The Biden administration is expected to lay out more details for a domestic road map for how to achieve its climate goals and put more pressure on foreign countries to increase their own commitments in the coming months.
Following its updated commitments under the Paris Agreement, the administration says that more details are on the horizon following the announcement of the goal of cutting emissions at least in half by 2030. Observers say they also expect more countries to make announcements between now and a United Nations summit in November.
The loose outline of the U.S. climate plan leaves the administration with opportunities to work with Congress on details of its implementation while seeking to lead by example on setting emissions targets.
In its formal Nationally Determined Contribution (NDC) plan submitted to the U.N., the U.S. government says it sees “multiple paths” to achieve its goal.
“The United States federal and subnational governments have many tools available to work with civil society and the private sector, mobilizing investment to meet these goals while supporting a strong economy,” it said.
The NDC does call for some policies, like reaching 100 percent carbon-free electricity by 2035, and says it can get there through working with state, local and tribal governments to support the deployment of certain technologies and supporting research and development.
Other policies that it says can contribute to emissions reductions include vehicle emissions and efficiency standards, funding for charging infrastructure, incentives for zero-emissions personal vehicles and funding programs that support energy efficiency and efficient electric heating and cooking appliances in buildings.
In a panel discussion on Monday, Jonathan Pershing, a senior advisor for special climate envoy John KerryJohn KerryBiden's second-ranking climate diplomat stepping down A presidential candidate pledge can right the wrongs of an infamous day Equilibrium/Sustainability — Dam failures cap a year of disasters MORE, said that the administration would eventually give more information on “the structure and the detail” of how to achieve its goal.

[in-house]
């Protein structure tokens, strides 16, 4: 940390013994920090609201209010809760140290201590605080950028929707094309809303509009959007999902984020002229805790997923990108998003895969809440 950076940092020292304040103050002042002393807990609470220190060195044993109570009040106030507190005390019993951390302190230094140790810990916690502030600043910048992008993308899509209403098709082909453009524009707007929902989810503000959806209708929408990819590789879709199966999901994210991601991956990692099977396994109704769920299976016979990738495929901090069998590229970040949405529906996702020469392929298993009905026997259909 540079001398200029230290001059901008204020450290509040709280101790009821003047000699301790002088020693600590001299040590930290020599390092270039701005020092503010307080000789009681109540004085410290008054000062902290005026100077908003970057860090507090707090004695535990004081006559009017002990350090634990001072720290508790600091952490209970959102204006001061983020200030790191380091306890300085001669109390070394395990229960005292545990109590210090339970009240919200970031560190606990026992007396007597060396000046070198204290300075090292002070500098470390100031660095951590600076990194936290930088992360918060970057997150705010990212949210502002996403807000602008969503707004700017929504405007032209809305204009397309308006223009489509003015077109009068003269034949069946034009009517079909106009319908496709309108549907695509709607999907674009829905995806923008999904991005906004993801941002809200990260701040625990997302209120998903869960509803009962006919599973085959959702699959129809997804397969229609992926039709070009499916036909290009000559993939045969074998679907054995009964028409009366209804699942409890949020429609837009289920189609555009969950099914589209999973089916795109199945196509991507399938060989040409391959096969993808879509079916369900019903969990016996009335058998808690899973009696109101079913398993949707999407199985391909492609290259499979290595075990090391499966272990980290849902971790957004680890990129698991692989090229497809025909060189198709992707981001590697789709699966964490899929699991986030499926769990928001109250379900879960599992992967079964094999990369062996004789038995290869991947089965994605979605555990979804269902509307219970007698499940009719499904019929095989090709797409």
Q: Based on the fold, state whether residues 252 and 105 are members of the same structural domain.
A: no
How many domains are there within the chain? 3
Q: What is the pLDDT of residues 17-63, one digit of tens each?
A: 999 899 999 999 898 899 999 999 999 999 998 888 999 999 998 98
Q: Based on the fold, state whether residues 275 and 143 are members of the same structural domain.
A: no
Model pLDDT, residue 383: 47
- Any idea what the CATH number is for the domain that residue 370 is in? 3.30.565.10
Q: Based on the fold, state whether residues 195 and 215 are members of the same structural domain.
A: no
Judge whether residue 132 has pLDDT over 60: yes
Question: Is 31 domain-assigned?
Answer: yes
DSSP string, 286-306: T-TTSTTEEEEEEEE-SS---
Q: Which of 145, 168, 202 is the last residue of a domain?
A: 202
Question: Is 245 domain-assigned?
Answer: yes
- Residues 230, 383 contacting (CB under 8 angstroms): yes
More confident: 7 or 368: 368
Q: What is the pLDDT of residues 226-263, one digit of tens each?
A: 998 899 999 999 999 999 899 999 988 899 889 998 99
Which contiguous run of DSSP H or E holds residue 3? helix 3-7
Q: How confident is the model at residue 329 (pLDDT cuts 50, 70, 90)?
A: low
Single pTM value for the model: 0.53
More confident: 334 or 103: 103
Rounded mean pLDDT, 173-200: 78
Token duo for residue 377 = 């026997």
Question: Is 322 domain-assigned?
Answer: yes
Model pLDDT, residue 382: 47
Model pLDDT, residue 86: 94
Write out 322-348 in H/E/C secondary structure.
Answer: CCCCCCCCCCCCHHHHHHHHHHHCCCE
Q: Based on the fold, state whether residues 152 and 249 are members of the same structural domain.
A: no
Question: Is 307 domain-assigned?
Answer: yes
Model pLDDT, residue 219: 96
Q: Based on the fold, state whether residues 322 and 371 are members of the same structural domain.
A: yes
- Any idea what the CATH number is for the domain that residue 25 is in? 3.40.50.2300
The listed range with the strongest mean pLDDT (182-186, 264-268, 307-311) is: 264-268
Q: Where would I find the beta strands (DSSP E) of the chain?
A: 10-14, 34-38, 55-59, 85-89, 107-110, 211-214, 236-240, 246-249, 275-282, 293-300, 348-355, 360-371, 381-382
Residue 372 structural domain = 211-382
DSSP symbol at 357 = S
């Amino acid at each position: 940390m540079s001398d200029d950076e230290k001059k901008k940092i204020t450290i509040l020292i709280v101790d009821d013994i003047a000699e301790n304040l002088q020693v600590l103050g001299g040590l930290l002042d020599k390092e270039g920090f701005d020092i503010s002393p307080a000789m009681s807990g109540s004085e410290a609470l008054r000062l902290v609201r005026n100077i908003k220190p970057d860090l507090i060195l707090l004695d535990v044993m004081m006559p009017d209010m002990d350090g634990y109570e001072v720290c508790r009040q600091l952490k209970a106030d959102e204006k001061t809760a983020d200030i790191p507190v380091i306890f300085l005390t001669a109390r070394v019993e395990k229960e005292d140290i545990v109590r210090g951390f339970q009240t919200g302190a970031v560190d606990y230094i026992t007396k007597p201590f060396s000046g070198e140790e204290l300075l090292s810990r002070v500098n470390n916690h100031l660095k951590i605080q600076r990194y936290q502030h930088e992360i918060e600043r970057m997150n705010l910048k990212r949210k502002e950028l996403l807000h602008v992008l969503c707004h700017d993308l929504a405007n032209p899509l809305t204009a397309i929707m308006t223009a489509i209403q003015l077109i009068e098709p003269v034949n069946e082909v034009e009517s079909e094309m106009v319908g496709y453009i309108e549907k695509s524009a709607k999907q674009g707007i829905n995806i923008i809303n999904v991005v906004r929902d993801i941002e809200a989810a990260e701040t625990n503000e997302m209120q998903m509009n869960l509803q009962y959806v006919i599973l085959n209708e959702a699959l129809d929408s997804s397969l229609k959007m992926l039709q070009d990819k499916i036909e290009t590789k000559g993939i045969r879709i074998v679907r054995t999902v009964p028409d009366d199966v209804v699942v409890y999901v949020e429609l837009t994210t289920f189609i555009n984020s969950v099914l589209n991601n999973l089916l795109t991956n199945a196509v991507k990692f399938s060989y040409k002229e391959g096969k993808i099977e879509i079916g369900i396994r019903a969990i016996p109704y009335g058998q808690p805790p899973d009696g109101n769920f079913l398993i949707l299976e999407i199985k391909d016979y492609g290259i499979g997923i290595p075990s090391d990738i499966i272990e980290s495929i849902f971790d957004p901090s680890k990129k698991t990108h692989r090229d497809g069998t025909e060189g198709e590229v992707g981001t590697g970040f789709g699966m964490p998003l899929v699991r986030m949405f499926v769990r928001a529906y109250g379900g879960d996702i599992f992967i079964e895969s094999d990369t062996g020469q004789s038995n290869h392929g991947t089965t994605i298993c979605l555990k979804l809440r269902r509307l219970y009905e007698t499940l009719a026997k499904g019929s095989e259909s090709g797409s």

“How do we think about the structure and the detail of a national plan, that’s coming,” he said. “There’s been a lot of modeling done, there’s an extensive interagency process that’s been convened.”
“This wasn’t the meeting at which to announce it,” Pershing added. “There will be a great deal more detail. There’ll be sectoral information. There will be policy by agency. There’ll be policy in terms of both national programs as well as state programs and those do roll up to be a compelling collective agenda to achieve the target.”
Nathan Hultman, who worked on the NDC during the Obama administration, said these policies could be outlined as they become “more fully crystallized over coming weeks and months” and “as the administration gets a better sense of what’s going to be happening out of Congress” this year and in the future.
He added that one possible place where this could come together is in a biennial report that’s part of a climate treaty.
Hultman said that there might be political, legal and policy reasons for not sharing the government’s exact plans just yet.
“They don’t want to put Congress in a box to say ‘we want you guys to do this’ publicly and then ultimately Congress decides to do something else. That creates some kind of confusion as to what’s in the plan,” he said.
On the international front, the U.S. is expected to try to help other countries find ways where they can step up their commitments and use its updated goals to try to encourage other countries to increase their own.
“The U.S. and many other countries are always in conversation for how they’re thinking about their strategies and their trajectories and I think one of the helpful things that comes out of those discussions ... is identifying opportunities,” Hultman said.
Countries that advocates said they’ll have their eyes on include India, which aims to increase its renewable energy generation capacity to 450 gigawatts by 2030 and China, which has said it plans to peak its emissions in 2030 but reduce its coal consumption starting in 2026.
“There are different, kind of, leverage tools that the U.S. has...that can help to encourage other countries to increase their level of commitment to climate change for example ... creating a funding mechanism to support India going to 450 gigawatts, ” said Jake Schmidt, senior strategic director for international climate at the Natural Resources Defense Council.
He added that another move the U.S. and other countries could take would be to motivate China through market access.
And, the administration will have a few opportunities for climate diplomacy in the coming months, including at the Group of Seven meeting in June, the Group of 20 meeting in October and the United Nations Climate Change Conference in December.
“One thing to watch for this year, I think, is what are countries who haven’t put forward new targets yet, going to use those international opportunities to announce new targets,” said Alex Hanafi, the Environmental Defense Fund’s director of multilateral climate strategy.